Other companies evaluated:
Though not a household name, Rackspace is well-known within the IT sector as one of the leading cloud and managed hosting providers, and a strong supporter of open-source computing platforms. Rackspace has begun to embrace a leadership role in supporting a digital economy that is powered with renewable energy. The company adopted a commitment to become 100% renewably powered in 2012 as part of a forward thinking energy policy, and is now in its early stages of operationalizing this commitment. Download the full report.
Salesforce is the biggest name in online enterprise software, growing at over 30% in 2013. Salesforce took a leadership position by committing in March 2013 to base its growth on renewable energy, adopting a 100% renewable policy and siting policy that puts priority on renewables. Salesforce now needs to show clearly how its policy is being implemented across its operations, especially as the company rapidly expands. Download the full report.
The world’s second-largest software company, Oracle provides enterprise-scale software products and computer hardware systems to the world’s largest corporations. Oracle is now making a bigger play for cloud-based offerings, even partnering with Amazon Web Services to offer some of Oracle’s products via the AWS cloud. Oracle powers its own cloud services and solutions through its three main data centers in Texas, Colorado and Utah, with four smaller facilities elsewhere. Like others, Oracle has focused on efficiency in its servers and data centers, but it lags behind sector leaders in building a renewably powered digital economy. Download the full report.
Hewlett Packard (HP)
HP both provides hardware to internet companies and is expanding its own cloud business to compete in the enterprise market. The company maintains an impressive level of corporate-wide transparency and accountability on reducing its emissions, but it could improve public disclosure on how it is applying its labs division’s innovation to reduce the energy footprint of its data center fleet. HP does have a corporate-wide emissions reduction target for 2020 that includes data centers.The company is slowly increasing its purchasing of renewable energy via a limited number of on-site solar installations and a mixture of direct purchasing and Renewable Energy Credits. However, HP is not showing the overall leadership needed to ensure its cloud expansion is driving demand for clean energy. Download the full report.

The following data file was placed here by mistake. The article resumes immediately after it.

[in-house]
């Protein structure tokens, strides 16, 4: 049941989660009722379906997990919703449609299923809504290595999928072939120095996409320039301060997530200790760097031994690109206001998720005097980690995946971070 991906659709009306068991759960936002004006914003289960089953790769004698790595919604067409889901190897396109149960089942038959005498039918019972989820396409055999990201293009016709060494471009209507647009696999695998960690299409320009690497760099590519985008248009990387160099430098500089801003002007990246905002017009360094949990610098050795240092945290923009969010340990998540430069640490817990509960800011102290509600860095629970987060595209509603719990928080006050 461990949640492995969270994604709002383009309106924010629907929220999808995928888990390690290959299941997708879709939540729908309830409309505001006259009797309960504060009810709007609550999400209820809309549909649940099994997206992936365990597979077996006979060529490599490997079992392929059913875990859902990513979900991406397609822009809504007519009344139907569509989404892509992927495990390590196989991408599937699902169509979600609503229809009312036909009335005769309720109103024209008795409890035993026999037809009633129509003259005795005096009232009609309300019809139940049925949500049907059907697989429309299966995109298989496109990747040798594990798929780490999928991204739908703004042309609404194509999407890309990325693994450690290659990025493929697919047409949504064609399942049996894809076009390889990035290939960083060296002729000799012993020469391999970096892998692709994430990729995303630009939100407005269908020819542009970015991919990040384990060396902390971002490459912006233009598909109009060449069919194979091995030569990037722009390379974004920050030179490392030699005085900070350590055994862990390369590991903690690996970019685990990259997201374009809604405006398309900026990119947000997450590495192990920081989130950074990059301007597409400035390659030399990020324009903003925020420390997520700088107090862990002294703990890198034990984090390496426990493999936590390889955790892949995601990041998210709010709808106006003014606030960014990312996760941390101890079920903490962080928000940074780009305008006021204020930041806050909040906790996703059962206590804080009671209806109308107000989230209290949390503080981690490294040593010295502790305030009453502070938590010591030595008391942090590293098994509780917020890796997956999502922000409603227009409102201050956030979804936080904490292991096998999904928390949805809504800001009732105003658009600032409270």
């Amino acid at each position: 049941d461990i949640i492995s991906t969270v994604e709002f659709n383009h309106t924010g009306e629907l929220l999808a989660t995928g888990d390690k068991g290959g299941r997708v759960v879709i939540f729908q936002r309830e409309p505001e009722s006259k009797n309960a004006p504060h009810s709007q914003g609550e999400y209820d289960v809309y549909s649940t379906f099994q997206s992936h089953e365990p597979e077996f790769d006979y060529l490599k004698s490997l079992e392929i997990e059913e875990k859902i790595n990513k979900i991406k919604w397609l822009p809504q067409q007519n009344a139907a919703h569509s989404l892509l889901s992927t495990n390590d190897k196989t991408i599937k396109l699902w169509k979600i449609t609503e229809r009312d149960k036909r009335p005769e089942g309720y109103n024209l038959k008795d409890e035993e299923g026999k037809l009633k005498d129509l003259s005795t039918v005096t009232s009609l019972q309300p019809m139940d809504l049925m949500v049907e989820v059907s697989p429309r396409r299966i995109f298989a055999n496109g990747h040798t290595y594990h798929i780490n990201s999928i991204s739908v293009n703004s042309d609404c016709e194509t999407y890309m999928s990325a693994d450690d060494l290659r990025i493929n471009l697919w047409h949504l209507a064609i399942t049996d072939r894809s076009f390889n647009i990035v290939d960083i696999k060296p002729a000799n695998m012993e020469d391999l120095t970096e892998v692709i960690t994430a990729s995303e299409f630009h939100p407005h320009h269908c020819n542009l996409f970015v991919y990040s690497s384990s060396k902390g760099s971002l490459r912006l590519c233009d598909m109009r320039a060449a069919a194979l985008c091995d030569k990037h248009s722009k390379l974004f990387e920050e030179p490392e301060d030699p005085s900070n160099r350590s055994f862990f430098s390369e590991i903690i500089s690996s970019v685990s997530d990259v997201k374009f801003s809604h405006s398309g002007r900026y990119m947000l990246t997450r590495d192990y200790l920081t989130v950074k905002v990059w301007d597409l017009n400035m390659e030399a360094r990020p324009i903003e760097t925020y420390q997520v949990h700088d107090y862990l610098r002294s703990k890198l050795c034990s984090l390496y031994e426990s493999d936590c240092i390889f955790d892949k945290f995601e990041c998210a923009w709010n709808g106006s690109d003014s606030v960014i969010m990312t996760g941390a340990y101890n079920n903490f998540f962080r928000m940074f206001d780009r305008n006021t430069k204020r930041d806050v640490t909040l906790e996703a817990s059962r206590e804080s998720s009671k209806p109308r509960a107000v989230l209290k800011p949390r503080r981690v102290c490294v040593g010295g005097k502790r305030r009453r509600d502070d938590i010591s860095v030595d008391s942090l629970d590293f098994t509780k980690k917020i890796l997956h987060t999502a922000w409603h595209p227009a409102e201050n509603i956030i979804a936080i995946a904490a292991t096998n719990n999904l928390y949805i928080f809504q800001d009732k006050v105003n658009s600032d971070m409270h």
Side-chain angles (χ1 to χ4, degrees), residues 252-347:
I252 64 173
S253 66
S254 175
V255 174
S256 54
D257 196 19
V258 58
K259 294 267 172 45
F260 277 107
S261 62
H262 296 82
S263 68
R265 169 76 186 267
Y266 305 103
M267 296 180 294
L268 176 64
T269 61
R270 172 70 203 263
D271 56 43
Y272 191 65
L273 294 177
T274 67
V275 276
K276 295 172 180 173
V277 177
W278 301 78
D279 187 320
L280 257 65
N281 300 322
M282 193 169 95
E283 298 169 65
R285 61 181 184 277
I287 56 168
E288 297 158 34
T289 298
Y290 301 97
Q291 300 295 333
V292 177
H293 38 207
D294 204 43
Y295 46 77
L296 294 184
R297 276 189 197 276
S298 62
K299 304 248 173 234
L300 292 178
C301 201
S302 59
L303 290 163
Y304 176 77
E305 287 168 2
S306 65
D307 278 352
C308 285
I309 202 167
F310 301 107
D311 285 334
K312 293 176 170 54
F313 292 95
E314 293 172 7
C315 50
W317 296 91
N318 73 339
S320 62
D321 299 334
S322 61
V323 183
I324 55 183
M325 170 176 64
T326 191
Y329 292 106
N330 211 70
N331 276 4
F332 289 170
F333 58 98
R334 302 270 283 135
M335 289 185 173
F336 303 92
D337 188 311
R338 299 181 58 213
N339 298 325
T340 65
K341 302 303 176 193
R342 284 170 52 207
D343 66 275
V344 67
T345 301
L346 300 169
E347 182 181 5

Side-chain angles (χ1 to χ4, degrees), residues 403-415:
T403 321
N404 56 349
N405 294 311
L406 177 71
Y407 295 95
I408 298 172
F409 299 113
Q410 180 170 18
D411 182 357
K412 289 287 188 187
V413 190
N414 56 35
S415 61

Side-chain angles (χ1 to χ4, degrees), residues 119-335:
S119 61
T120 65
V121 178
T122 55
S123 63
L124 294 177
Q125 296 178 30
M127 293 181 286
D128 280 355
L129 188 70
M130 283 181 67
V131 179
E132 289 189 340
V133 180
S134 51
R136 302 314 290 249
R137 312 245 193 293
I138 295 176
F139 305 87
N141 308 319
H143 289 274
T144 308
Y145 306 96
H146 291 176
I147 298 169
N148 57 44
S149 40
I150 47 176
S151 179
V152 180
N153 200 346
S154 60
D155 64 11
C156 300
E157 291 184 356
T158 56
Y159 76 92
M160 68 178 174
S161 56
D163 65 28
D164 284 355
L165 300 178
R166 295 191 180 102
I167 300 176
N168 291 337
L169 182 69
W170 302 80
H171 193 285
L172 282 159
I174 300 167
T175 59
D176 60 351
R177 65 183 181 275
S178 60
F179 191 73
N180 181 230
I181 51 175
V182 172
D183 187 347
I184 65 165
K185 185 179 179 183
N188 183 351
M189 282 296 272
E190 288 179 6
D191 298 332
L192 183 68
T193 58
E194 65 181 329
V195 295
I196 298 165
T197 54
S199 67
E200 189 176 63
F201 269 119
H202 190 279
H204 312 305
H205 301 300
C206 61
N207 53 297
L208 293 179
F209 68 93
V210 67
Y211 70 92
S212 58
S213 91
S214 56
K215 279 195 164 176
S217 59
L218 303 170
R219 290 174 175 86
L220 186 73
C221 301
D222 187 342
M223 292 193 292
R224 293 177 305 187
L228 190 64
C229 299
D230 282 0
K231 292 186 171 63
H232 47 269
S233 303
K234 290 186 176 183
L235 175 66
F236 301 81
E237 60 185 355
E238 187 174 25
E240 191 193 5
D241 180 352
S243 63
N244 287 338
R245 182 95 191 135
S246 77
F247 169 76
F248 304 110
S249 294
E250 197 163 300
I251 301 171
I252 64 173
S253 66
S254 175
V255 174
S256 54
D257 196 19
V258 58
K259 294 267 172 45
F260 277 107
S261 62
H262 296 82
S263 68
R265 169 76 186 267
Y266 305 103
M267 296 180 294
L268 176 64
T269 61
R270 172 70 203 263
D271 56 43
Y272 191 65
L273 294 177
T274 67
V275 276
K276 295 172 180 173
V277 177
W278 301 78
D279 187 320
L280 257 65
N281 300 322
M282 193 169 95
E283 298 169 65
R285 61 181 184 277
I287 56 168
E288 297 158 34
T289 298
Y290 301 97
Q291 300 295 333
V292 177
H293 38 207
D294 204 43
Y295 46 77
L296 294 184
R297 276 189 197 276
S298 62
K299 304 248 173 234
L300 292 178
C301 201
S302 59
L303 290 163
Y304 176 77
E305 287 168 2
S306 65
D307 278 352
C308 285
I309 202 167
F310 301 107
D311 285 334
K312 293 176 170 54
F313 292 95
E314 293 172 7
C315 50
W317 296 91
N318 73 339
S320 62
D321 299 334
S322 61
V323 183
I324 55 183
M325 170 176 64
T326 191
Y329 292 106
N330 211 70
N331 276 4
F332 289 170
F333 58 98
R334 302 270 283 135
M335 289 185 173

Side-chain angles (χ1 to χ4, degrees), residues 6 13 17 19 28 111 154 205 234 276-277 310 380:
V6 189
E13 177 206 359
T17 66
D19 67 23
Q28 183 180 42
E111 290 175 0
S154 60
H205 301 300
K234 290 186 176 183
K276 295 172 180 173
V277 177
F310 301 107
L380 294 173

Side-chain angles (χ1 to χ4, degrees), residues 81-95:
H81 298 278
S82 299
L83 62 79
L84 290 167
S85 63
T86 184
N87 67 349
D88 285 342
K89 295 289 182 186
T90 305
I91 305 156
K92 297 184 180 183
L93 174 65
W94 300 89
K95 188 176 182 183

Verizon Terremark, formed by Verizon’s $1.4 billion purchase of Terremark in 2011, has emerged as one of the larger telecom/cloud hybrid companies, and has been rapidly expanding since the merger to allow it to compete with AWS and others for the business and government cloud markets. While the parent company Verizon announced in April 2013 that it plans to invest over $100 million in renewable energy across its operations, it is unclear the extent to which this investment has helped drive deployment of renewable energy for the Verizon Terremark datacenters. Verizon reported over 165 MW of data center power consumption in 2012.
*There is insufficient public data to evaluate Verizon Terremark’s energy footprint. Greenpeace encourages Verizon Terremark to release more data and will update our analysis in the future. Download the full report.
Akamai is one the largest global content distribution networks (CDN), helping the bigger brand names in this report and other online content providers deliver their content faster to users around the world. Akamai’s network is highly distributed, with over 127,000 servers spread across 1,100 data centers in 81 countries. Akamai’s highly distributed business model and relationships across the internet ecosystem put it in a unique position to leverage influence across its vendor network, particularly as a growing number of its content customers have explicit goals related to energy efficiency and renewable energy.
*Akamai’s energy consumption is spread across 1,100 data centers around the world, making individual tracking difficult. Download the full report.
Clicking Clean: How Companies are Building the Green Internet [PDF]